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| October 24, 2016

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iPad Air impressions from a Non-Tablet Non-Apple user

iPad Air

Before I get into my impressions of the iPad Air, let me first relate about myself to put the impression in context. Firstly, I’m not really a tablet person. Have used them, but did not choose to own one myself. Not because I did not see any use for them but rather I did not have a need to justify getting one. Secondly, I don’t use Apple products personally. I do use them professionally though. I have a Macbook Pro for work and just received the iPad Air for a project.

Apple engineers are fantastic in their design. That goes without saying. The iPad Air is truly a beautiful piece of hardware. Sure, the design traits are all too familiar. The curved corners, the aluminium back and the central home button. The magic is that it just feels right. It feels great in the hand, the slimmer bezel does help in making the tablet appear smaller but with the same screen size as the previous generations. It feels light enough to hold with one hand too.

 iPad Air

The iPad Air does come preloaded with the latest iOS 7. The revamped iOS interface finally feels to be in unity with the exterior design. Previously I always thought that there was design gap between Apple’s software and hardware. The skeuomorphic older iOS did not exhibit the same principles and direction the hardware design took. The exterior was simple to the extreme, clean and minimal whereas the interior O.S design was more organic, curvy with varied textures and gradients. I think the designs are finally unified and that is the most positive element for me of iOS 7. Feature wise, there isn’t anything that is new or groundbreaking to me.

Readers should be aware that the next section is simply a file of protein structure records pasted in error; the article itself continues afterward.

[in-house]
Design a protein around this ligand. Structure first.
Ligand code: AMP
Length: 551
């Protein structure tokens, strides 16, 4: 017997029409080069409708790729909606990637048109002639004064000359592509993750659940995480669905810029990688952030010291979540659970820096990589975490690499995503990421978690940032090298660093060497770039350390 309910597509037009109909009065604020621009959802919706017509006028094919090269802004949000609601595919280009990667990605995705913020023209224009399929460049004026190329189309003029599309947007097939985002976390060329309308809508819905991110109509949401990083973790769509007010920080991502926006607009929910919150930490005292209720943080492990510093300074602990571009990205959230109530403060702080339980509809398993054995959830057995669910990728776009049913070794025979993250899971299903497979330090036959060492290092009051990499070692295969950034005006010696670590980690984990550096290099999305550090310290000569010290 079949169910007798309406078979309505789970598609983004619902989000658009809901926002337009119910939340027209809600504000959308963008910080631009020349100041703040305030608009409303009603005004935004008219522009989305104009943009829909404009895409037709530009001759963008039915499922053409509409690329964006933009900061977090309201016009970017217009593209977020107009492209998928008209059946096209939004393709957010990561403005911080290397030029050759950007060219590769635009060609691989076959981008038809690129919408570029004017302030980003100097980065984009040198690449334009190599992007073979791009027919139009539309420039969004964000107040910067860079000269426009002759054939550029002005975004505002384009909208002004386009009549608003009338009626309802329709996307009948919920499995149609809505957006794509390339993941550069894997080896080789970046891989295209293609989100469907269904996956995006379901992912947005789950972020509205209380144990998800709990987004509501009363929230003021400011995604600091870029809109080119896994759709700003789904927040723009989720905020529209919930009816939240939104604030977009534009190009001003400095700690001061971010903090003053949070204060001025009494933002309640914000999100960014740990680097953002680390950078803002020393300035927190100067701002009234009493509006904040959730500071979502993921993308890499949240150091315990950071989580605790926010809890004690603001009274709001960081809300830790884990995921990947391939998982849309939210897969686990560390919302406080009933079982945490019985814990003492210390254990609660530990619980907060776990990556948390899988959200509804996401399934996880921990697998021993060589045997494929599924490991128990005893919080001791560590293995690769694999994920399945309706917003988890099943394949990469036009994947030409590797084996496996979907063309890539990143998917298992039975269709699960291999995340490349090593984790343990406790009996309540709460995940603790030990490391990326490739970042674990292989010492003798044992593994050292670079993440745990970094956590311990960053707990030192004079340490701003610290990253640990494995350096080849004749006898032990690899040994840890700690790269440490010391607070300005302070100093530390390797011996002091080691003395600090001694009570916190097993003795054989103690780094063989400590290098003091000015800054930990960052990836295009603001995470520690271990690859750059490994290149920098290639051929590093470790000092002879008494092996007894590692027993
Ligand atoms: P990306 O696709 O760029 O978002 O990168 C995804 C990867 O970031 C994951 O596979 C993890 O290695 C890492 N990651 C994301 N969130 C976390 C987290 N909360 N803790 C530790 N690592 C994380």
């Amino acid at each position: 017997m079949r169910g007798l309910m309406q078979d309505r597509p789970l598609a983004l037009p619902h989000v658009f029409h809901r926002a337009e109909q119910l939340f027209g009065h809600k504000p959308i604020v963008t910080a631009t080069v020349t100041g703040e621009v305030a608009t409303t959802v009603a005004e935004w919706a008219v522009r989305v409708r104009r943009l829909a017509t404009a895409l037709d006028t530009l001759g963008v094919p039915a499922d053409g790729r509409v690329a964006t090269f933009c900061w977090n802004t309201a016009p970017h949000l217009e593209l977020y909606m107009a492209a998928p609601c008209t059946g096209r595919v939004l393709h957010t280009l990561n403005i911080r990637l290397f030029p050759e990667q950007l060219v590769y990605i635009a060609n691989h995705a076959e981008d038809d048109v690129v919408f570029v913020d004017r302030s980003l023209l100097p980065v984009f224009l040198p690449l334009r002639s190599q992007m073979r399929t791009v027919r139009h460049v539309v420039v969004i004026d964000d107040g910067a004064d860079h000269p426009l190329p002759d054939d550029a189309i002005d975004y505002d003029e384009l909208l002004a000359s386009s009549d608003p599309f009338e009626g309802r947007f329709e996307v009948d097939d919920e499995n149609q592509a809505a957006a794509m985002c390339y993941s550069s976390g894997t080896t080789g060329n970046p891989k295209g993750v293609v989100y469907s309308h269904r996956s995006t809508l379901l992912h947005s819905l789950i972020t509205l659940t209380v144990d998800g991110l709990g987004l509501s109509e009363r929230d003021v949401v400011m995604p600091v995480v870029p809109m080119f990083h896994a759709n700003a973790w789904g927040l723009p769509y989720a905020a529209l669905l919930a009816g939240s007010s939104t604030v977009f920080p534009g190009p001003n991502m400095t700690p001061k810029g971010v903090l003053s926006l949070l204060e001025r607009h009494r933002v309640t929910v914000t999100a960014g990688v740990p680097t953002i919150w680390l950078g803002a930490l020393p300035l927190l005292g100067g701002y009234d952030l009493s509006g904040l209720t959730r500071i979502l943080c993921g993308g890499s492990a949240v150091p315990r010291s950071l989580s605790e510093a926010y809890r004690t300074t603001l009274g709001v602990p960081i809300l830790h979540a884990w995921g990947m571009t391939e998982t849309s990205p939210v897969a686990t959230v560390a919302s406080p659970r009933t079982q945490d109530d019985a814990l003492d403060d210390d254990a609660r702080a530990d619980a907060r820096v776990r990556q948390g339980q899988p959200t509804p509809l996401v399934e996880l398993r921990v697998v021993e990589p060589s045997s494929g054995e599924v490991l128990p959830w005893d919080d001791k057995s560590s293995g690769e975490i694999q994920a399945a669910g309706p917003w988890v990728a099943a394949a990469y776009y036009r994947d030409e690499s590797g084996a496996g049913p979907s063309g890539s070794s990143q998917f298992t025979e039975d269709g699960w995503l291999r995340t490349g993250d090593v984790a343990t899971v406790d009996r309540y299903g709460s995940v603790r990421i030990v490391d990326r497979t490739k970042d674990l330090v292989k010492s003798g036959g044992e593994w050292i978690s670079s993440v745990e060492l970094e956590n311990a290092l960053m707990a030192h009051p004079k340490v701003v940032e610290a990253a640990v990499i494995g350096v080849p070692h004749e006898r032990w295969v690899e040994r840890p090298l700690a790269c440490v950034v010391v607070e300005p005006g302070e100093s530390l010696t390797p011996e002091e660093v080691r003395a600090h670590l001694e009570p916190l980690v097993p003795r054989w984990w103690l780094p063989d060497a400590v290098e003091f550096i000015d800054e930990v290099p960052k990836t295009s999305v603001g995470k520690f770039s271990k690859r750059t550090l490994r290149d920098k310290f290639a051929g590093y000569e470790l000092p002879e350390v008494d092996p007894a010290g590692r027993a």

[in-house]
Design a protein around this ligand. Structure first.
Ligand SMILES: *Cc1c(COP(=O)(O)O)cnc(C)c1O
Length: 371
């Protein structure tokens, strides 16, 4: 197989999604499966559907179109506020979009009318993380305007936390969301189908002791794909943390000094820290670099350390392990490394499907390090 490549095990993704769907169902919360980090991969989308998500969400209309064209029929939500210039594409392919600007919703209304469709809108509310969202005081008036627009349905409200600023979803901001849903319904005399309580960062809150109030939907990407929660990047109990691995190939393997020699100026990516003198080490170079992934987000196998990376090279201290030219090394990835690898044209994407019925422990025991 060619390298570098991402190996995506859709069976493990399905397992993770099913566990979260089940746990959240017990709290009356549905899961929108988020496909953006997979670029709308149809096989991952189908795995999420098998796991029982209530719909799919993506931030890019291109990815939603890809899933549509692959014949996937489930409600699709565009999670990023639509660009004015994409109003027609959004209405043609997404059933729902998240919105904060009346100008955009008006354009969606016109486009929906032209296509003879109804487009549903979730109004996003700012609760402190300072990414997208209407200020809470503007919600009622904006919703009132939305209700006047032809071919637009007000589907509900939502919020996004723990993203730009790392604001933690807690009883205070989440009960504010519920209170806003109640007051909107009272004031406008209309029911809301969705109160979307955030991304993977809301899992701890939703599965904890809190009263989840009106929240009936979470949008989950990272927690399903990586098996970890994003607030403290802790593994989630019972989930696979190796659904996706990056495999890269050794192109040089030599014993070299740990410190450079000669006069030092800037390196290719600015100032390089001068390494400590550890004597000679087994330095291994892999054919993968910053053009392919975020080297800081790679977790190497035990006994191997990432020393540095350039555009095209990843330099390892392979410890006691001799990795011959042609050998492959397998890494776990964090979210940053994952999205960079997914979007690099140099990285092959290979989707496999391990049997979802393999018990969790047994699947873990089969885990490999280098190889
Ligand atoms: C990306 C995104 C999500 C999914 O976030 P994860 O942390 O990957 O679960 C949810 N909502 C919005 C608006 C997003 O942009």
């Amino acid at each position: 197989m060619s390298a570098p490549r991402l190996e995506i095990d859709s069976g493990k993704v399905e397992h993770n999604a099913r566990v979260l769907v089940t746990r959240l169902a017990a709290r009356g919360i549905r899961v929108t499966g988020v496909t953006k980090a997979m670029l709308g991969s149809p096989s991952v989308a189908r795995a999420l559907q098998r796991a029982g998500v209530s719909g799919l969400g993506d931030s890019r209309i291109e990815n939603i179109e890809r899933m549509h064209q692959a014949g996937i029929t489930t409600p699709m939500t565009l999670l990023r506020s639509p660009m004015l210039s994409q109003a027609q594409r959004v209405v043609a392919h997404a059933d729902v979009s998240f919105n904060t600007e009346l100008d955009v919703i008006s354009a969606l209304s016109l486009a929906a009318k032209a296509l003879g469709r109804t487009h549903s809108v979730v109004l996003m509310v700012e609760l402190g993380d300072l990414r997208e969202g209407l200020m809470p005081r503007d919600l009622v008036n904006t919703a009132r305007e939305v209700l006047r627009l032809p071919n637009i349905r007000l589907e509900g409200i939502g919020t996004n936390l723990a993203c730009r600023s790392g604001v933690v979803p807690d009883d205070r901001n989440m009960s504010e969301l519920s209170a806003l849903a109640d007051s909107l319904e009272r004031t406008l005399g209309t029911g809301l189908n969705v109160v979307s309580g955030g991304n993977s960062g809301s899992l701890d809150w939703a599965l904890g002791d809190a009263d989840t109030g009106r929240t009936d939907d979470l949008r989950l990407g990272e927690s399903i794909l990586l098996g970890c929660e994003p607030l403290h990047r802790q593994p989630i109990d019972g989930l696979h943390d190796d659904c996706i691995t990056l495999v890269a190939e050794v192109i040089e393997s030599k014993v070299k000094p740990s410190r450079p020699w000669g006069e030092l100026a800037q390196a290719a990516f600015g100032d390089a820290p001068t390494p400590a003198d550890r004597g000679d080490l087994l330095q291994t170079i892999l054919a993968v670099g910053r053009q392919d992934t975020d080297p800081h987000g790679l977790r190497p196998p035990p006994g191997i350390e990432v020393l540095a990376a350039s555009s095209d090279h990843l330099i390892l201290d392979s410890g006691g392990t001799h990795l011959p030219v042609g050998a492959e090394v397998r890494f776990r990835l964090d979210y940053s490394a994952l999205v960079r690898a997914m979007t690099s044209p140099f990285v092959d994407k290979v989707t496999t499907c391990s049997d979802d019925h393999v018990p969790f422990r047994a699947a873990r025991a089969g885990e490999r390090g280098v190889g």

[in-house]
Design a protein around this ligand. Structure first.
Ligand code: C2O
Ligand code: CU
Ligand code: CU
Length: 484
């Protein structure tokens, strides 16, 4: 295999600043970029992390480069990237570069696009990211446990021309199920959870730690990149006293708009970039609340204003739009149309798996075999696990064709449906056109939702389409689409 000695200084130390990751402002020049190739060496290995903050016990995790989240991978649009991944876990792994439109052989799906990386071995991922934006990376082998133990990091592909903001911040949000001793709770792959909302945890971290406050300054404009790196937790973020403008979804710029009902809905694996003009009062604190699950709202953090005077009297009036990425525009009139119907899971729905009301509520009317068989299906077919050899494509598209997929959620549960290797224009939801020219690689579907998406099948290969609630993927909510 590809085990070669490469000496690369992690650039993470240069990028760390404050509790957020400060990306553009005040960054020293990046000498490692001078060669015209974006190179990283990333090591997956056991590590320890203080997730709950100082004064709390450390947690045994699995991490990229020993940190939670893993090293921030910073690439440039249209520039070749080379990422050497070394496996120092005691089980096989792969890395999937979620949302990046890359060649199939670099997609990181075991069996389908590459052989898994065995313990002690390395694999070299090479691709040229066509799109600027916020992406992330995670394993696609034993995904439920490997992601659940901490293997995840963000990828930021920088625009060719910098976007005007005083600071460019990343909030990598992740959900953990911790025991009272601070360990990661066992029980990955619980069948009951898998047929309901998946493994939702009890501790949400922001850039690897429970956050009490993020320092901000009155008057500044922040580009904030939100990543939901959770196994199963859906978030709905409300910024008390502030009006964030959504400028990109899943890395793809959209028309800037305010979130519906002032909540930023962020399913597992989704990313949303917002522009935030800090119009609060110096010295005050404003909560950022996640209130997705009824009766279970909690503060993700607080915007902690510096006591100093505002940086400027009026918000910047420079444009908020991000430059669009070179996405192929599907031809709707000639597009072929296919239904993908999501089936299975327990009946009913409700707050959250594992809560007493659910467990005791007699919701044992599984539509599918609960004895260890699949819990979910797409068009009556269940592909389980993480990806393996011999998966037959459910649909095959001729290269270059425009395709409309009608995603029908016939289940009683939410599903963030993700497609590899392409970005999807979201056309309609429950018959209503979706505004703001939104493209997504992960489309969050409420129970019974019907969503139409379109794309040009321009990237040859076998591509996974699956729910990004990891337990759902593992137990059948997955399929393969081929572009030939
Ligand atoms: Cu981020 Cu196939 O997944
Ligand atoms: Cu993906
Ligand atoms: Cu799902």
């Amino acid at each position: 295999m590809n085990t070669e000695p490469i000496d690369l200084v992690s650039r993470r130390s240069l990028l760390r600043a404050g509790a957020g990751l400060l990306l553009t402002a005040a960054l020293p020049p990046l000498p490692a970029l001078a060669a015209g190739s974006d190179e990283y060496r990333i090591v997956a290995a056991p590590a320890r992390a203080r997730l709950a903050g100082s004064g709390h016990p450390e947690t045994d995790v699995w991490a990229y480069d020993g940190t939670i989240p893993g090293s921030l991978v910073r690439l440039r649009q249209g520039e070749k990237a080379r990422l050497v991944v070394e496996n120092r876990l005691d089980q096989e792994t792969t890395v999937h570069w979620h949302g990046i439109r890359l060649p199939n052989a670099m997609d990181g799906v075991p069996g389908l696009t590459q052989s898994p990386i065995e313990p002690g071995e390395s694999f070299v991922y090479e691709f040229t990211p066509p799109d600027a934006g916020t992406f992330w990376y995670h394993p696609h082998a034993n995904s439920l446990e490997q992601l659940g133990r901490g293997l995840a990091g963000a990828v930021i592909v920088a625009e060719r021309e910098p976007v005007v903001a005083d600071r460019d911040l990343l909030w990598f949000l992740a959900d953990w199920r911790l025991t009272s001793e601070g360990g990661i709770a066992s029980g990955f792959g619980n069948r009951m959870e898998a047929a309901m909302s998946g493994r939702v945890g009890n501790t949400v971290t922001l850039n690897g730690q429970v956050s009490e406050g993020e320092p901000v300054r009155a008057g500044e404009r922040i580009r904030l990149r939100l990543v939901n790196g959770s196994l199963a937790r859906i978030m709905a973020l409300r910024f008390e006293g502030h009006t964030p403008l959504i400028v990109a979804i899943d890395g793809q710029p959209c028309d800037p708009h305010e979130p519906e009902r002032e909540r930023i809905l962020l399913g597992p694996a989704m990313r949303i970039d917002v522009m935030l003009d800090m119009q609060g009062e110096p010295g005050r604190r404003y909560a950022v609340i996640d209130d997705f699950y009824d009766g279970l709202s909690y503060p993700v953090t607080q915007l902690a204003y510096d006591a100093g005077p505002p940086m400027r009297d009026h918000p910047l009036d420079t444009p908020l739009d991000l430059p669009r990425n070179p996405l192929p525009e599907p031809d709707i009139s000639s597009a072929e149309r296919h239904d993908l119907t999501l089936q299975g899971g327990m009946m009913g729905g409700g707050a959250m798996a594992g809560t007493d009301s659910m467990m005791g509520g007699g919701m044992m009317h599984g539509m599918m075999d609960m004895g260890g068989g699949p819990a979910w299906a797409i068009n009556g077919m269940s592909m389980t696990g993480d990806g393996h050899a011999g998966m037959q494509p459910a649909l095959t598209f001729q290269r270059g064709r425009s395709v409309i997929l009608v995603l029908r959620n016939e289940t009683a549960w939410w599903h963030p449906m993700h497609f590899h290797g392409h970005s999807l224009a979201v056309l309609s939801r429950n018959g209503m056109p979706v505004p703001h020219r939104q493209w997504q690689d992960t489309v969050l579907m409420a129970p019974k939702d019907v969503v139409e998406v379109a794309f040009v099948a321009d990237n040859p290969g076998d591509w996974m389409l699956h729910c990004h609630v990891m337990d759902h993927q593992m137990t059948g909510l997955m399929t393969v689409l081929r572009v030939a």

Specs-wise, The iPad Air has a 64-bit 1.4GHz dual-core processor, 1GB of RAM, and a 9.7-inch 2048 x 1536 pixel screen, a 5-megapixel rear camera and a 1.2-megapixel front camera. The screen is beautiful. Its crystal clear and the colors are vibrant. I am mostly using the iPad for testing and showcasing designs on them – so the quality of the picture has been an important factor. I tested out the camera for testing’s sake and pictures came out pretty well. Nothing that was ‘wow’ worthy but solid good pictures. More than enough for a tablet I say. I do not agree with people who lift their iPads in the air to take pictures.


The iPad is fast. Really smooth and fast. Fast not in terms of expecting apps to snap on the moment I open them but rather the instantaneous reaction of the app icon growing to fill the screen and the app starting. There is a certain smoothness in it that I don’t think Android has nailed yet (I have been using Android phones for a few years now). Phones and tablets keep on getting faster but the smoothness and instant reactions are on a whole different class.

The battery life of the iPad has been stellar. I can easily go a good few days, even more than a week with daily testing and usage. Granted, I am not taxing it with heavy gaming or demanding applications and doing so will obviously shorten the life a bit. But for my usage and needs right now – its great. Even with gaming it probably won’t be a problem even on trips and such.

Wrapping up


That should wrap up my impressions of the iPad. Once again this is from the perspective of a very specific usage scenario and also a non-tablet owner, non-Apple user. Overall, I am very impressed. Really its a great piece of hardware and if the Apple ecosystem is something you are already invested in – there is no reason not to side for the iPad Air. If you are comparing the iPad vs an Android tablet and deciding what to get – I don’t think its a fair comparison on hardware alone. iPad Air is the best tablet device I used hardware wise. A decision between ecosystems is a decision between ecosystems and not on the hardwares they support. That being said, I am still an Android person – but I would not mind at all on having an iPad as well.


About Nahiyan Khan

G. Nahiyan Khan is an aspiring product strategist, an user experience designer and a technology enthusiast. If he were to be stuck on a desert island with one request - it would be access to a high speed internet connection. He loves dreaming of new ideas, figuring out the user experiences that go with them and keeping track of developments in the technology world. Visit his site at -


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